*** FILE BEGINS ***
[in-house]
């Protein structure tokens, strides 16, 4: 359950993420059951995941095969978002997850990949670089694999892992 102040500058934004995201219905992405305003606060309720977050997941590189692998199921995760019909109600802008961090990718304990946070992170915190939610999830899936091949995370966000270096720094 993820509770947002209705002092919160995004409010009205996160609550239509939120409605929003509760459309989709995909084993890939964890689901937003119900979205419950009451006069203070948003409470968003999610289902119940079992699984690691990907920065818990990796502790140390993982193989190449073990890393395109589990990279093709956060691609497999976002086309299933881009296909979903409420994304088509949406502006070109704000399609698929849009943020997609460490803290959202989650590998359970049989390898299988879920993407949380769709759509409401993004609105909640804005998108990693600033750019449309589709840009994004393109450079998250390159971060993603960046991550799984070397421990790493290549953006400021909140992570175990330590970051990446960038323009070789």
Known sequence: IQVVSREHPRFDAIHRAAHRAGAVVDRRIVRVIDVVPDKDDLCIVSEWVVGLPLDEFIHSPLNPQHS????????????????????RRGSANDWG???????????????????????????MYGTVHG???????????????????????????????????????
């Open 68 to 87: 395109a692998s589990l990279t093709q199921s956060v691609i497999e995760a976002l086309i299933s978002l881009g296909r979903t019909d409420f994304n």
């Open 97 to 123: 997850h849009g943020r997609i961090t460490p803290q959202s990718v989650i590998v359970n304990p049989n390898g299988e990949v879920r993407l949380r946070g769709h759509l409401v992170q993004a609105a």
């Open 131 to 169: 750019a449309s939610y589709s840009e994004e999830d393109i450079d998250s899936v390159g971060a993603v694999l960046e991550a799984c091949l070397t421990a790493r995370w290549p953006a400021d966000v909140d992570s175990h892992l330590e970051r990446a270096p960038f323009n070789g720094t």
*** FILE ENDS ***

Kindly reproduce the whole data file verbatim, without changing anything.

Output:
[in-house]
């Protein structure tokens, strides 16, 4: 359950993420059951995941095969978002997850990949670089694999892992 102040500058934004995201219905992405305003606060309720977050997941590189692998199921995760019909109600802008961090990718304990946070992170915190939610999830899936091949995370966000270096720094 993820509770947002209705002092919160995004409010009205996160609550239509939120409605929003509760459309989709995909084993890939964890689901937003119900979205419950009451006069203070948003409470968003999610289902119940079992699984690691990907920065818990990796502790140390993982193989190449073990890393395109589990990279093709956060691609497999976002086309299933881009296909979903409420994304088509949406502006070109704000399609698929849009943020997609460490803290959202989650590998359970049989390898299988879920993407949380769709759509409401993004609105909640804005998108990693600033750019449309589709840009994004393109450079998250390159971060993603960046991550799984070397421990790493290549953006400021909140992570175990330590970051990446960038323009070789």
Known sequence: IQVVSREHPRFDAIHRAAHRAGAVVDRRIVRVIDVVPDKDDLCIVSEWVVGLPLDEFIHSPLNPQHS????????????????????RRGSANDWG???????????????????????????MYGTVHG???????????????????????????????????????
């Open 68 to 87: 395109a692998s589990l990279t093709q199921s956060v691609i497999e995760a976002l086309i299933s978002l881009g296909r979903t019909d409420f994304n």
């Open 97 to 123: 997850h849009g943020r997609i961090t460490p803290q959202s990718v989650i590998v359970n304990p049989n390898g299988e990949v879920r993407l949380r946070g769709h759509l409401v992170q993004a609105a």
């Open 131 to 169: 750019a449309s939610y589709s840009e994004e999830d393109i450079d998250s899936v390159g971060a993603v694999l960046e991550a799984c091949l070397t421990a790493r995370w290549p953006a400021d966000v909140d992570s175990h892992l330590e970051r990446a270096p960038f323009n070789g720094t």